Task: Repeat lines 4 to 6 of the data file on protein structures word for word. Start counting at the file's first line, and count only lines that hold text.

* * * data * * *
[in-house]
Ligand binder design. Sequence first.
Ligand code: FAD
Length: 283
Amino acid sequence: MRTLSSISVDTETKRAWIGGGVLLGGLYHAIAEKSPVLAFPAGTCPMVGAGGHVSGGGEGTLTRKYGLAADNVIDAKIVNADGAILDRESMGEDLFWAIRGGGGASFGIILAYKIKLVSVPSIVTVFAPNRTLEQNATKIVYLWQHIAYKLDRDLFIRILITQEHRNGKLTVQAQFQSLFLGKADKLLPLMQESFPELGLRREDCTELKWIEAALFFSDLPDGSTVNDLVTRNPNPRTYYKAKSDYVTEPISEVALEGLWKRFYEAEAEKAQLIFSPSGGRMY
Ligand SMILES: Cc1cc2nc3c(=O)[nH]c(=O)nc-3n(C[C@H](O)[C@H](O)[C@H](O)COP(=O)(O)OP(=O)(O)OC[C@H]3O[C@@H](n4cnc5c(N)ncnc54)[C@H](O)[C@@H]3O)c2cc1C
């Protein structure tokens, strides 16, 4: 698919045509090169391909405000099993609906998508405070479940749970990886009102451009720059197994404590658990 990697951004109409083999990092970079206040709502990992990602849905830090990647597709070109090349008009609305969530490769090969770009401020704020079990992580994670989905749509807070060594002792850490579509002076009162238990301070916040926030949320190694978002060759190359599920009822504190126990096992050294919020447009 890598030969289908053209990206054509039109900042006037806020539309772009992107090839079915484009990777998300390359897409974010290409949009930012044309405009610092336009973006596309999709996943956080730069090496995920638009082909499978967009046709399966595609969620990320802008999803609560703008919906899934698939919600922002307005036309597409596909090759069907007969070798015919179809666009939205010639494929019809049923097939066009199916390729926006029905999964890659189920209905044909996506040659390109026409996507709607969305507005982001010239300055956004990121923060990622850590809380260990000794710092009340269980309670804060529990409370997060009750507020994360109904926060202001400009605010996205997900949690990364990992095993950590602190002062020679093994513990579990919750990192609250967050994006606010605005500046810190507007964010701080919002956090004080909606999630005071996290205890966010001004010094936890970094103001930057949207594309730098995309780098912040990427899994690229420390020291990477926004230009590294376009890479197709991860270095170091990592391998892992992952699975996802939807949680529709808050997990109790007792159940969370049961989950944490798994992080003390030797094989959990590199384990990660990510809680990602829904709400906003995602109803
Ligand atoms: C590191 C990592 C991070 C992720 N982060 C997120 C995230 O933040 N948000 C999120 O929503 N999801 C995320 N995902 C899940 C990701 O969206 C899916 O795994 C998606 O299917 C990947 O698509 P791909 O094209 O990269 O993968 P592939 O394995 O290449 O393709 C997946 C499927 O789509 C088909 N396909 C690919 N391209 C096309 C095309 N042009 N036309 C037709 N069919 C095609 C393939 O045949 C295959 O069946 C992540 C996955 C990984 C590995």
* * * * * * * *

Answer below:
Length: 283
Amino acid sequence: MRTLSSISVDTETKRAWIGGGVLLGGLYHAIAEKSPVLAFPAGTCPMVGAGGHVSGGGEGTLTRKYGLAADNVIDAKIVNADGAILDRESMGEDLFWAIRGGGGASFGIILAYKIKLVSVPSIVTVFAPNRTLEQNATKIVYLWQHIAYKLDRDLFIRILITQEHRNGKLTVQAQFQSLFLGKADKLLPLMQESFPELGLRREDCTELKWIEAALFFSDLPDGSTVNDLVTRNPNPRTYYKAKSDYVTEPISEVALEGLWKRFYEAEAEKAQLIFSPSGGRMY
Ligand SMILES: Cc1cc2nc3c(=O)[nH]c(=O)nc-3n(C[C@H](O)[C@H](O)[C@H](O)COP(=O)(O)OP(=O)(O)OC[C@H]3O[C@@H](n4cnc5c(N)ncnc54)[C@H](O)[C@@H]3O)c2cc1C